October 2020
Volume 20, Issue 11
Open Access
Vision Sciences Society Annual Meeting Abstract  |   October 2020
Neuromodulation of visual cortex reduces the intensity of intrusive visual emotional memories
Author Affiliations & Notes
  • Noa Herz
    Tel-Aviv University
  • Yair Bar-Haim
    Tel-Aviv University
  • Ido Tavor
    Tel-Aviv University
  • Niv Tik
    Tel-Aviv University
  • Haggai Sharon
    Tel Aviv Sourasky Medical Center
  • Emily Holmes
    Karolinska Institutet
  • Nitzan Censor
    Tel-Aviv University
  • Footnotes
    Acknowledgements  This work was supported by the I-CORE Program of the Planning and Budgeting Committee and the ISF (grants 51/11 and 526/17).
Journal of Vision October 2020, Vol.20, 360. doi:https://doi.org/10.1167/jov.20.11.360
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      Noa Herz, Yair Bar-Haim, Ido Tavor, Niv Tik, Haggai Sharon, Emily Holmes, Nitzan Censor; Neuromodulation of visual cortex reduces the intensity of intrusive visual emotional memories. Journal of Vision 2020;20(11):360. doi: https://doi.org/10.1167/jov.20.11.360.

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      © ARVO (1962-2015); The Authors (2016-present)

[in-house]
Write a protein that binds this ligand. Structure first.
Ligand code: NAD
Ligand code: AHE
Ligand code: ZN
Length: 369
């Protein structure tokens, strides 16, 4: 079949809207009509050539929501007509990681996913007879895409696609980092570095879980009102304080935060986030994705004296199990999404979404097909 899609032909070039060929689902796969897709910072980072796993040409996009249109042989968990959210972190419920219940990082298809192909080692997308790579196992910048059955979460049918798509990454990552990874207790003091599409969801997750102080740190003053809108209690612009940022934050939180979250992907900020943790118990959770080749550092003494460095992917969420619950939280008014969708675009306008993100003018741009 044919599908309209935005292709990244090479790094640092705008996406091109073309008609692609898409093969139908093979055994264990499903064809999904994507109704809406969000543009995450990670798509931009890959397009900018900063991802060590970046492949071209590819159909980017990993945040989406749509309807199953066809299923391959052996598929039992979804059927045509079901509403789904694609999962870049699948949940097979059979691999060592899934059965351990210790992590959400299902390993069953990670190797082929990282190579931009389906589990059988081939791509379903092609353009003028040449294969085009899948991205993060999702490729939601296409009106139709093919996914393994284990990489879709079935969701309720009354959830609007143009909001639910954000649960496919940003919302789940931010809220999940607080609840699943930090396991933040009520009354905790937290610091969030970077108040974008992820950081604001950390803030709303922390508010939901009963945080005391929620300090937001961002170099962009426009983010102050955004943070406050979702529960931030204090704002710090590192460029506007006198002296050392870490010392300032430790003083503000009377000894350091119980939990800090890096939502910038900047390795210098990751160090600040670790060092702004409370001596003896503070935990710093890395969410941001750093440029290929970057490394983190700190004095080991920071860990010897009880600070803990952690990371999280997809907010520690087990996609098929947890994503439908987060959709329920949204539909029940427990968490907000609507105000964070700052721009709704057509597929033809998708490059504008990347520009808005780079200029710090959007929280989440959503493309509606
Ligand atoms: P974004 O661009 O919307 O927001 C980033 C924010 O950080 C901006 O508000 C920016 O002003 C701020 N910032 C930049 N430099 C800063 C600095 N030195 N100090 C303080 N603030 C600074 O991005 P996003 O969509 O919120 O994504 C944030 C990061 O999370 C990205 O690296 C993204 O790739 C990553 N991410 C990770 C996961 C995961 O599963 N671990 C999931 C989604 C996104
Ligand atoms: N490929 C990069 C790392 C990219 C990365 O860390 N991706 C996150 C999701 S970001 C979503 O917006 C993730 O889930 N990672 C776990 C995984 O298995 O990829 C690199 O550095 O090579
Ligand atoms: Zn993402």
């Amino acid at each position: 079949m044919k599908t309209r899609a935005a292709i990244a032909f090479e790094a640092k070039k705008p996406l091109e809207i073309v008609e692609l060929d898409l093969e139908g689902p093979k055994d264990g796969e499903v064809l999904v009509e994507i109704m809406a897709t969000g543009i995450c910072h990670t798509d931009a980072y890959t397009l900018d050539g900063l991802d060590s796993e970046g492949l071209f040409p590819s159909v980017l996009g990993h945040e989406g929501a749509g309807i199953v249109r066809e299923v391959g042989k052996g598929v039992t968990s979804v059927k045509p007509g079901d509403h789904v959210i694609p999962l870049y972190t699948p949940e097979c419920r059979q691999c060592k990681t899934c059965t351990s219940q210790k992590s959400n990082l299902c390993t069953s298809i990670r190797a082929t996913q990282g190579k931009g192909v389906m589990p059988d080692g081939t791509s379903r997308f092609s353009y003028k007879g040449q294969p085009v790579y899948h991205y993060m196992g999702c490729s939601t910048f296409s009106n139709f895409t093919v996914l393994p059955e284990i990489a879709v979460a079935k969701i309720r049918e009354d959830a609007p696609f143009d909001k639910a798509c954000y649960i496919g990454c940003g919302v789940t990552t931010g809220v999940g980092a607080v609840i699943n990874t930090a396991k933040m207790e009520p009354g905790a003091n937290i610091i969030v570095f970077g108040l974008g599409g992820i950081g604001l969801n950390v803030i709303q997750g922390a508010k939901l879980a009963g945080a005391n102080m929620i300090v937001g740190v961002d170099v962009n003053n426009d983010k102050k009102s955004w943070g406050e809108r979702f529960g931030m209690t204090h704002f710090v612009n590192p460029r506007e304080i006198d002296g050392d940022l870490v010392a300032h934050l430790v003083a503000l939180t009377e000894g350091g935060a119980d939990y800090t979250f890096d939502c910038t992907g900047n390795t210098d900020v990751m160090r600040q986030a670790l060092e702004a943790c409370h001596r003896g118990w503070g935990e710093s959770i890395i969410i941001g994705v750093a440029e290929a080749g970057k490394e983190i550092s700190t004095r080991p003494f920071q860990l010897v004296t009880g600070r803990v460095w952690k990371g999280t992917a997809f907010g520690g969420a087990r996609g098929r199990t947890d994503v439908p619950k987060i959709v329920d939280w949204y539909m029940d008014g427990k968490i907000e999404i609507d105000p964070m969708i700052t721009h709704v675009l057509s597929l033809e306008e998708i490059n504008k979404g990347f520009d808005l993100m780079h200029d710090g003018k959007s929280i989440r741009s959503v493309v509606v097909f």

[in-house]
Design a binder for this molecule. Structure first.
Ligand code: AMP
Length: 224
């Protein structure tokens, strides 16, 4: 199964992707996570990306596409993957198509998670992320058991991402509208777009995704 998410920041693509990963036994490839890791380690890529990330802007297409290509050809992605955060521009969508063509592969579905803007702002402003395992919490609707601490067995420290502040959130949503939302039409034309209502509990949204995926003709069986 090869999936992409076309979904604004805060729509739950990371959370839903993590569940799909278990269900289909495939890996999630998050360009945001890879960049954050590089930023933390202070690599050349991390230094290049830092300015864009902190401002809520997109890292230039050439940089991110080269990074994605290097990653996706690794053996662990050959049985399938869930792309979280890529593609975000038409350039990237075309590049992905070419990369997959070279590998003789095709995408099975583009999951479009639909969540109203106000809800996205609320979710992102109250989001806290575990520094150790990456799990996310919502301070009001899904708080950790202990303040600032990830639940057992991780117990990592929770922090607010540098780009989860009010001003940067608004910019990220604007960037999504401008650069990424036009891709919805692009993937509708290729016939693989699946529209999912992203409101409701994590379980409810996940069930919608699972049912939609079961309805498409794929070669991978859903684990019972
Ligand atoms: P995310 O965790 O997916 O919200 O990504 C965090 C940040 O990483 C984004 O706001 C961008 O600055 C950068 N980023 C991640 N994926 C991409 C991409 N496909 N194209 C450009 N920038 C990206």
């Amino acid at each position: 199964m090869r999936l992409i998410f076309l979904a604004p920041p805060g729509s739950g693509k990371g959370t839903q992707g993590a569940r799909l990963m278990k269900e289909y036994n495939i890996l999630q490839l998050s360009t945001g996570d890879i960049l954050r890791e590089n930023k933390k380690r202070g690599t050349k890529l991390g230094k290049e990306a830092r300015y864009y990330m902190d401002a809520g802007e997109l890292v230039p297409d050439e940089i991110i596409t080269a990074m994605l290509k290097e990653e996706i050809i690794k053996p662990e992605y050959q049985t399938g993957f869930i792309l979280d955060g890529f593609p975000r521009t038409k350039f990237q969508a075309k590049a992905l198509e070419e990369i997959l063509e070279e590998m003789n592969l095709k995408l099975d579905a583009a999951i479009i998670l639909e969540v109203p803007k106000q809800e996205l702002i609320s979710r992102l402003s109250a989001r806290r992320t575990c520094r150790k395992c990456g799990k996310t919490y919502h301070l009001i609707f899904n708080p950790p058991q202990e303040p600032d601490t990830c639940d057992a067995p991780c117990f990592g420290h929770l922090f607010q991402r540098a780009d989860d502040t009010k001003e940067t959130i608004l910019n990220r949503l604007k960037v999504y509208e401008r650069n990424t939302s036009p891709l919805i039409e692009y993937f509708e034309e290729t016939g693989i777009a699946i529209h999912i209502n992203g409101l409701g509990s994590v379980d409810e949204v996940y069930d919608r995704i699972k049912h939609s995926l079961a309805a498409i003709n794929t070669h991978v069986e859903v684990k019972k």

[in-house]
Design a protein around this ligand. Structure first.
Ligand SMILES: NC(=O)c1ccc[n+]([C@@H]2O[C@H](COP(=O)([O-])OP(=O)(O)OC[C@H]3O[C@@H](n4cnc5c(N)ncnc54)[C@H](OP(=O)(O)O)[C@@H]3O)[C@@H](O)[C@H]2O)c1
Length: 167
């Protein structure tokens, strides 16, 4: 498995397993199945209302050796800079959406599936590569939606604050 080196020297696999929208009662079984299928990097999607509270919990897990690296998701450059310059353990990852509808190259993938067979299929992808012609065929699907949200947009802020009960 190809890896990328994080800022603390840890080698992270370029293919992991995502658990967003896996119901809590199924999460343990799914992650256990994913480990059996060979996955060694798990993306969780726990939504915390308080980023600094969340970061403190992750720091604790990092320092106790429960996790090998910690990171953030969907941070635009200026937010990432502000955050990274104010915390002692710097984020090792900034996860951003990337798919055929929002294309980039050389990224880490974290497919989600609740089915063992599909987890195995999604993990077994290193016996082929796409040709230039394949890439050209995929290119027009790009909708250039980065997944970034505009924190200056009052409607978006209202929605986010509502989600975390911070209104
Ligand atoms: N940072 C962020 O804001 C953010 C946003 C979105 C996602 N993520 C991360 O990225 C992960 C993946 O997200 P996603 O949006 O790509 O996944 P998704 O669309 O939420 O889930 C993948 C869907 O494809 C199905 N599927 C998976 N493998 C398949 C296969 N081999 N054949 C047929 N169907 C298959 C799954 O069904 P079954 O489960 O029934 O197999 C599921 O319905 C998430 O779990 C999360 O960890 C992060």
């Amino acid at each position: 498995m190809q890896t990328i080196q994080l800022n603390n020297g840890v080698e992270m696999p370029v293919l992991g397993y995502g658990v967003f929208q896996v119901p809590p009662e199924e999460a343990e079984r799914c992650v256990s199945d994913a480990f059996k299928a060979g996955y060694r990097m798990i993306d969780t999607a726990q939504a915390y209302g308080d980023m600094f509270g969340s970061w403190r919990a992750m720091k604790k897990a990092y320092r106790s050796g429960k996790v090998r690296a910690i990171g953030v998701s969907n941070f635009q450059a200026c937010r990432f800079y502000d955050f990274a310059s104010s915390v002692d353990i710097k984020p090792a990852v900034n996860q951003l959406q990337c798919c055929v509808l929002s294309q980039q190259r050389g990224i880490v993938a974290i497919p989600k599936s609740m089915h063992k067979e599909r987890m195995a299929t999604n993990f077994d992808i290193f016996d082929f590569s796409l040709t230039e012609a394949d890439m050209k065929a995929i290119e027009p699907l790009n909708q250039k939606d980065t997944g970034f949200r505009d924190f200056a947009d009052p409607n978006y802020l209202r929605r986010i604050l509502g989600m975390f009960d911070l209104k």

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Aversive events are sometimes re-experienced as intrusive memories – i.e., involuntary and spontaneous retrievals of the aversive memory accompanied by significant distress. Intrusive memories are predominantly visual, and previous results suggest that the vividness of mental images is coupled with elevated visual cortex activity. Here, we tested whether neuromodulation of visual cortex following encoding of a “trauma” film could reduce the frequency and intensity of subsequent memory intrusions. Participants viewed a “trauma” film and were then requested to record each intrusive memory of the film during the ensuing 5 days. Leveraging memory reactivation frameworks according to which reactivation of an existing memory may enable its modification, one day following the trauma film watching participants’ memory of the film was reactivated by brief reminders, followed by 15 minutes of inhibitory 1Hz repetitive Transcranial Magnetic Stimulation (rTMS) over the visual cortex (visual-rTMS, n=19) or over a control site (vertex, n=21). Results indicate that visual-rTMS reduced the intensity of distress caused by memory intrusions. In addition, functional connectivity between visual and emotional resting-state brain networks measured using fMRI prior to film viewing suggests that interactions between visual and emotional processing areas determine the distress intensity of intrusive memories. Together, these findings point to potential neuroscience-driven interventions designed to downregulate the distress experienced by intrusive memories.


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